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Formalin-laced fish: Stringent punishment mulled under Kerala Fish Quality Control Bill

The proposed legislation, slated to be presented during the next session of the Assembly, is expected to overhaul the way fish is marketed and sold in the state.

Published: 27th June 2018 04:45 AM  |   Last Updated: 27th June 2018 05:24 AM   |  A+A-

Kerala Swathantra Matsya Thozhilali Federation members protesting in front of Secretariat against the sale of adulterated fish in the state on 26 June, 2018. ( EPS | B P Deepu)

Express News Service

THIRUVANANTHAPURAM: Amid the ongoing debate regarding seizure of around 28,000 kg of adulterated fish at border check posts in the state, focus has now been shifted to the impending Kerala Fish Auctioning, Marketing and Quality Control Bill.

The proposed legislation, slated to be presented during the next session of the Assembly, is expected to overhaul the way fish is marketed and sold in the state. According to the Food Safety Department (FSD), once the Bill gets passed the menace of bringing in chemically contaminated fish from other states could be checked to a large extent.

“This Bill could become a game changer. Not only will it regulate the fish market in the state but also it could check the unhealthy practices of using chemicals to preserve the fish varieties. With the said Bill expected to be much more stringent than the Food Safety and Standards Act (FSSA), it could ensure good fish selling practices in the state,” said an FSD officer.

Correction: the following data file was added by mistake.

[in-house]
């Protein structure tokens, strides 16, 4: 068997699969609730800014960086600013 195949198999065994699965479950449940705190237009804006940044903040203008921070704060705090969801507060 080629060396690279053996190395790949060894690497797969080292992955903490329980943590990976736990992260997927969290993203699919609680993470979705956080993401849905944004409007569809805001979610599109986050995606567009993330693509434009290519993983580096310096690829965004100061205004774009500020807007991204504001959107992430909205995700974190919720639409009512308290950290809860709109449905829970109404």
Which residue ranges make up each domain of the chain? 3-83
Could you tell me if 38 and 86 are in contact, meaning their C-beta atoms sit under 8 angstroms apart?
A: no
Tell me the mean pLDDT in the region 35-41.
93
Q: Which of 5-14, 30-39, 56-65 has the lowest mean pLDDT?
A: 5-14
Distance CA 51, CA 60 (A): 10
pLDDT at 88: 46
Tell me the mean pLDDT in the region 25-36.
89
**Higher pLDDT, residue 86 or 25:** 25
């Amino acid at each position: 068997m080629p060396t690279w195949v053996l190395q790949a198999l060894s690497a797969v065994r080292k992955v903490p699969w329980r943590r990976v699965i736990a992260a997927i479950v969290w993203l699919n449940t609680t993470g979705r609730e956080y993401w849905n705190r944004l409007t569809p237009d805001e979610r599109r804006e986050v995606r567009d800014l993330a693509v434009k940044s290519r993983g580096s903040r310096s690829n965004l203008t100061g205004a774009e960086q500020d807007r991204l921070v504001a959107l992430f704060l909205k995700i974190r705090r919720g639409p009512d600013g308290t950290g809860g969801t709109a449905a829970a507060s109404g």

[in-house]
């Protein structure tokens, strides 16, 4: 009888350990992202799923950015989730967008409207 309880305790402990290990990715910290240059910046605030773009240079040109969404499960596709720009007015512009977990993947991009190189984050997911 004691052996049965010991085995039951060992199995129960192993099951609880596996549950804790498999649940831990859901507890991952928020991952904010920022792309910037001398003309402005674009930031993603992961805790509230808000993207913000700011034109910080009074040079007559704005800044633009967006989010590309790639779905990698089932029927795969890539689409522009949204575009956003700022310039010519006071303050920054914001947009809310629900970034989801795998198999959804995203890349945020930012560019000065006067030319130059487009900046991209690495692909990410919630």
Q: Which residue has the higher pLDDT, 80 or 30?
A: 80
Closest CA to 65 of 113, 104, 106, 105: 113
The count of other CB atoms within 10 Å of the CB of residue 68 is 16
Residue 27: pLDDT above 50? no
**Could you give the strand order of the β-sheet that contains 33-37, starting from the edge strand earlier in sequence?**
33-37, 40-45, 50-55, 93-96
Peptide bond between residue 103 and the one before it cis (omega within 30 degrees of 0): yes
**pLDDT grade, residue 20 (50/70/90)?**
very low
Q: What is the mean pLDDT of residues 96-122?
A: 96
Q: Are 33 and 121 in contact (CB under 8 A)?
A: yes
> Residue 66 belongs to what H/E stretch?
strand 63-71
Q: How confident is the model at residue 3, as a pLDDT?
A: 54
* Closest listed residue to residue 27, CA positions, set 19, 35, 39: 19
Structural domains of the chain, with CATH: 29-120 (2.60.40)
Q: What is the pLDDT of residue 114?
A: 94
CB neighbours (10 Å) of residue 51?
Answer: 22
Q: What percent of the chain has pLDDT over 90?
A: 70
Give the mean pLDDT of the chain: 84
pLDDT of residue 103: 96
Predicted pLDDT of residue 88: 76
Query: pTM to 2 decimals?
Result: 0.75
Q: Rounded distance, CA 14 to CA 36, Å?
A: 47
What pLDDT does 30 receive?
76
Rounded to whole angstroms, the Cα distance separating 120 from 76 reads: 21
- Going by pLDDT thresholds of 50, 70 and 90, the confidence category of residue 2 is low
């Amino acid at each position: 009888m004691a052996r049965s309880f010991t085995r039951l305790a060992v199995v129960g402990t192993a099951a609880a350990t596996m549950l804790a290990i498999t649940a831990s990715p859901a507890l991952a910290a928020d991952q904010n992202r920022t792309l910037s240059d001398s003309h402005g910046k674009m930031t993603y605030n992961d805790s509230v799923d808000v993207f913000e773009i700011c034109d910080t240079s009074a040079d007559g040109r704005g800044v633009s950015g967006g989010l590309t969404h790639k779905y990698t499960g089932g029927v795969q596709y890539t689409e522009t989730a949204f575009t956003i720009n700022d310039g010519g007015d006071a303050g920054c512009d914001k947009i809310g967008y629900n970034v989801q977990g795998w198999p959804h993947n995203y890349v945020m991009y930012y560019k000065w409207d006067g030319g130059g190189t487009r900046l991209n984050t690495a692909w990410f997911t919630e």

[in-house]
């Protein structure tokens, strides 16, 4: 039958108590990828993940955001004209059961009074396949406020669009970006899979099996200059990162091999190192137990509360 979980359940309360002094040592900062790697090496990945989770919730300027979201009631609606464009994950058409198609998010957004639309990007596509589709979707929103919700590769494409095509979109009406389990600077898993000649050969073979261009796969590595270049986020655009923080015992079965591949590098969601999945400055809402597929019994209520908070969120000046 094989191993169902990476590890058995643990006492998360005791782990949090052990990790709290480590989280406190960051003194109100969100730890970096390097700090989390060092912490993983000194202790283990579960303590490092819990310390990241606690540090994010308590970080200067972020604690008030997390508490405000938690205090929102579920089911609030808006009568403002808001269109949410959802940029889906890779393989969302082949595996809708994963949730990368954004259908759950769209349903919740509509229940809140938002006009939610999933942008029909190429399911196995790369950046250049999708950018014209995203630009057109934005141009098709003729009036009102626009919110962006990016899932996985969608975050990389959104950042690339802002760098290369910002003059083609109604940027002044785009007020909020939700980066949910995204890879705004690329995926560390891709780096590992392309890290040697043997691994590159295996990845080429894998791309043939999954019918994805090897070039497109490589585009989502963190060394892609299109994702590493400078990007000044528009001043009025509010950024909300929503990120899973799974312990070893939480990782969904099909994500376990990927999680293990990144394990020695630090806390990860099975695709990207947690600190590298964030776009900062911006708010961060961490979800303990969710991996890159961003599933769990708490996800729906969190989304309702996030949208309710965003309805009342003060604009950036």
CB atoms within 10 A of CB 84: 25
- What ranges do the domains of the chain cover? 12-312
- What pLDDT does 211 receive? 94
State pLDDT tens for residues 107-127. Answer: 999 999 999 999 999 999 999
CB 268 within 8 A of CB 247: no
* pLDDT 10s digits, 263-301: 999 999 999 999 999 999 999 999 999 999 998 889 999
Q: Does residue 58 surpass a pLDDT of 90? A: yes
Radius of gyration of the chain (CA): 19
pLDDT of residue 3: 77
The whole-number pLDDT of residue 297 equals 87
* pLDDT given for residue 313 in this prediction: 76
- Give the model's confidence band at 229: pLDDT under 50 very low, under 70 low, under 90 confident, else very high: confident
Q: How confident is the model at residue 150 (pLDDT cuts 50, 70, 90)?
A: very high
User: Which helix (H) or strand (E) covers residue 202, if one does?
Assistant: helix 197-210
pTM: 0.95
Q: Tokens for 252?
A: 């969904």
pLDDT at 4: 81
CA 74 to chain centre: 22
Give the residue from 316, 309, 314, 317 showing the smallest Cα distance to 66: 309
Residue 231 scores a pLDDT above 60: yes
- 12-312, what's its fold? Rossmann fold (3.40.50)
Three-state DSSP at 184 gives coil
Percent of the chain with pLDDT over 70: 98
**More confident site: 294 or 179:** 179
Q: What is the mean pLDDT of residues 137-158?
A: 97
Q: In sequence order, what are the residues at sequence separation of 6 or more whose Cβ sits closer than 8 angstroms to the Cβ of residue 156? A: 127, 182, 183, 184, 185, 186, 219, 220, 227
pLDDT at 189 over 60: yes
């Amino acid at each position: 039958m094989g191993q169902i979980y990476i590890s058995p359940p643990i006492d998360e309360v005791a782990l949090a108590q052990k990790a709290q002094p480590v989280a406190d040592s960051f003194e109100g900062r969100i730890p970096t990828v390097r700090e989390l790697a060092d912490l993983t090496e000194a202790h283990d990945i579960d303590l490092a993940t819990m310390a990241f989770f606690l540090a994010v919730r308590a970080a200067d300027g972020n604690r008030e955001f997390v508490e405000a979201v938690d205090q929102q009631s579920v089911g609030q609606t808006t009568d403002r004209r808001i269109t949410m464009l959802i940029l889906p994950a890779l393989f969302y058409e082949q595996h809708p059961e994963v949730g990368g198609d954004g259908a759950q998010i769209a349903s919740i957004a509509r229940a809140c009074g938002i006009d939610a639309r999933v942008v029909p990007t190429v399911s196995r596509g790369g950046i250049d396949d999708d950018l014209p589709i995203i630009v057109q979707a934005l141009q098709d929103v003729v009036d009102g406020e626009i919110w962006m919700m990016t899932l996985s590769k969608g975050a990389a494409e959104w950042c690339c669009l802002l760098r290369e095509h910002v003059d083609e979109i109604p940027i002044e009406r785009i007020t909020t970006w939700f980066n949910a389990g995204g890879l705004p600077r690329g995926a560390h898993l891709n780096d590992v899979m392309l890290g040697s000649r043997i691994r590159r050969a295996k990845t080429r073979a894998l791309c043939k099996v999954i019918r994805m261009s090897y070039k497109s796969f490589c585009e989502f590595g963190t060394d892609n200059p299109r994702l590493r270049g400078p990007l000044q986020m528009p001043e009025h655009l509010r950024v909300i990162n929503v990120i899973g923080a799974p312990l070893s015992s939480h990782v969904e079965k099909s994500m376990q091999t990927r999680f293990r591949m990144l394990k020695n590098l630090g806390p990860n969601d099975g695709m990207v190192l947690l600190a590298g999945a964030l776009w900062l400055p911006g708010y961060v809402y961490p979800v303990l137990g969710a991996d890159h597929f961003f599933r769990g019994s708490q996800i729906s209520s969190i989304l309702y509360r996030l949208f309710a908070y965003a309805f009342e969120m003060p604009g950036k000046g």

Confirming the same, Fisheries Minister J Mercykutty Amma told ‘Express’ that as the proposed Bill enlists stricter penalties for the rogues, unhealthy practices in the fish sale could be rooted out. “With the FSSA having certain limitations, what we envision under the Kerala Fish Auctioning, Marketing and Quality Control Bill is to introduce penalties including a fine of Rs 1 lakh to Rs 2 lakh or imprisonment or both in cases of using adulterant substances in fish. Only such stringent provisions could address the menace to a certain extent,” said Mercykutty Amma.

The minister also said there is a plan to introduce a system wherein the catch brought to the harbour by the fishermen could be directly sent to the market for sale, thereby avoiding the middlemen. To ensure that good practices are followed in fish marketing and sale, there is also a proposal to introduce management societies in fishing harbours and markets in the state, the minister said. 

SHRC seeks report

T’Puram: In the incident in which chemically contaminated fish were seized from border check posts, the Kerala State Human Rights Commission has sought a report from the state government. In a statement released here, commission judicial member P Mohandas said a report has been sought from the Chief Secretary, Health Secretary and Food Safety Commissioner regarding how the seized fish are being discarded. The report will have to be submitted within three weeks.



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